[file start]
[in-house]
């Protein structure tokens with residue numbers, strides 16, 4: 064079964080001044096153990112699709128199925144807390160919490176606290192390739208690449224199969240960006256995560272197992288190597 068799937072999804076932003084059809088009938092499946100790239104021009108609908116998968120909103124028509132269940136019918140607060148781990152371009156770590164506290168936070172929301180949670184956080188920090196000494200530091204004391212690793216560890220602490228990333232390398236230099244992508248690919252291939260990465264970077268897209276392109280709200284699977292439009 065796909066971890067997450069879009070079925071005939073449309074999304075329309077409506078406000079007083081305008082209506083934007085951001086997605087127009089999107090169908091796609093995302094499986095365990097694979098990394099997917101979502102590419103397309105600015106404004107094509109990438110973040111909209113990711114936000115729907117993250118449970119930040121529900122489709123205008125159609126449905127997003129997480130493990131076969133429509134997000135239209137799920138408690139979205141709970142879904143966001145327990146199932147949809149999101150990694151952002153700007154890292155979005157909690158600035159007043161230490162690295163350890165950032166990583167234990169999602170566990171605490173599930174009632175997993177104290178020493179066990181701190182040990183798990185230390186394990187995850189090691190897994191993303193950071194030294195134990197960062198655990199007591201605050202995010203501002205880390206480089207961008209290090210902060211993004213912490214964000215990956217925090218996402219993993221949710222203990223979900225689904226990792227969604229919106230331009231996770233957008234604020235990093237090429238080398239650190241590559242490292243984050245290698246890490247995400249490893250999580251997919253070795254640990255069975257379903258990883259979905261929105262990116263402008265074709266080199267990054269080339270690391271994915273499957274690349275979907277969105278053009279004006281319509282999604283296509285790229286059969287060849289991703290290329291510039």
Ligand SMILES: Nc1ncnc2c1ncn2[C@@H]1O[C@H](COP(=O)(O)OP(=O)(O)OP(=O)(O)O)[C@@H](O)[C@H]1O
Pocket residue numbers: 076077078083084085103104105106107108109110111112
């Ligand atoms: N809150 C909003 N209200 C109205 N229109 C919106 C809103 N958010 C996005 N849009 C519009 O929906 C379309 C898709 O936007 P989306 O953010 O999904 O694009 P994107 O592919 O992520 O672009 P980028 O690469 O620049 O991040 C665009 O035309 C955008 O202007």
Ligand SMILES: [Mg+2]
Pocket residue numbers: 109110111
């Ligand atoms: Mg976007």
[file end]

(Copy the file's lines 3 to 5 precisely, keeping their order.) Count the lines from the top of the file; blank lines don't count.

Ligand SMILES: Nc1ncnc2c1ncn2[C@@H]1O[C@H](COP(=O)(O)OP(=O)(O)OP(=O)(O)O)[C@@H](O)[C@H]1O
Pocket residue numbers: 076077078083084085103104105106107108109110111112
């Ligand atoms: N809150 C909003 N209200 C109205 N229109 C919106 C809103 N958010 C996005 N849009 C519009 O929906 C379309 C898709 O936007 P989306 O953010 O999904 O694009 P994107 O592919 O992520 O672009 P980028 O690469 O620049 O991040 C665009 O035309 C955008 O202007």